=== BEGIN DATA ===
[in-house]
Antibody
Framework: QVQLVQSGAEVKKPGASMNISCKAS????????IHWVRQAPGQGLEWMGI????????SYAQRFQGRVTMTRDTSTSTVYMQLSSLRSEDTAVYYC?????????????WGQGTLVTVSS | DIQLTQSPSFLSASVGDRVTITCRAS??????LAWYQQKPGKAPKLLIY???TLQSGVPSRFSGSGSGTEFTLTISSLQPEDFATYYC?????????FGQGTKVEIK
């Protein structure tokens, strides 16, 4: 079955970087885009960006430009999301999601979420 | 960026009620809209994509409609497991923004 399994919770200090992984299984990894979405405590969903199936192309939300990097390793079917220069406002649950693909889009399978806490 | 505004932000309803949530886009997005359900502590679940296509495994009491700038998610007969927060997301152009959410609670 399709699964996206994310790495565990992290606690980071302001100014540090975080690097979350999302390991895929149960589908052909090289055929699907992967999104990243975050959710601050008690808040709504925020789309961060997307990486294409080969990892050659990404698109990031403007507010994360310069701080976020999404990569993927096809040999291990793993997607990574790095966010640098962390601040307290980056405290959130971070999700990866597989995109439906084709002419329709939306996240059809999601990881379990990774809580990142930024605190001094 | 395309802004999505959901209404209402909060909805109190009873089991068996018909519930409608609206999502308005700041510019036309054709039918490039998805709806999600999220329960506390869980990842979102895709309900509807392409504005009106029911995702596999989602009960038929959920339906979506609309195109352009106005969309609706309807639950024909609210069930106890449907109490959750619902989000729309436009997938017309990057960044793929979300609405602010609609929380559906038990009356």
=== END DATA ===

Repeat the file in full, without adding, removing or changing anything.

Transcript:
[in-house]
Antibody
Framework: QVQLVQSGAEVKKPGASMNISCKAS????????IHWVRQAPGQGLEWMGI????????SYAQRFQGRVTMTRDTSTSTVYMQLSSLRSEDTAVYYC?????????????WGQGTLVTVSS | DIQLTQSPSFLSASVGDRVTITCRAS??????LAWYQQKPGKAPKLLIY???TLQSGVPSRFSGSGSGTEFTLTISSLQPEDFATYYC?????????FGQGTKVEIK
């Protein structure tokens, strides 16, 4: 079955970087885009960006430009999301999601979420 | 960026009620809209994509409609497991923004 399994919770200090992984299984990894979405405590969903199936192309939300990097390793079917220069406002649950693909889009399978806490 | 505004932000309803949530886009997005359900502590679940296509495994009491700038998610007969927060997301152009959410609670 399709699964996206994310790495565990992290606690980071302001100014540090975080690097979350999302390991895929149960589908052909090289055929699907992967999104990243975050959710601050008690808040709504925020789309961060997307990486294409080969990892050659990404698109990031403007507010994360310069701080976020999404990569993927096809040999291990793993997607990574790095966010640098962390601040307290980056405290959130971070999700990866597989995109439906084709002419329709939306996240059809999601990881379990990774809580990142930024605190001094 | 395309802004999505959901209404209402909060909805109190009873089991068996018909519930409608609206999502308005700041510019036309054709039918490039998805709806999600999220329960506390869980990842979102895709309900509807392409504005009106029911995702596999989602009960038929959920339906979506609309195109352009106005969309609706309807639950024909609210069930106890449907109490959750619902989000729309436009997938017309990057960044793929979300609405602010609609929380559906038990009356």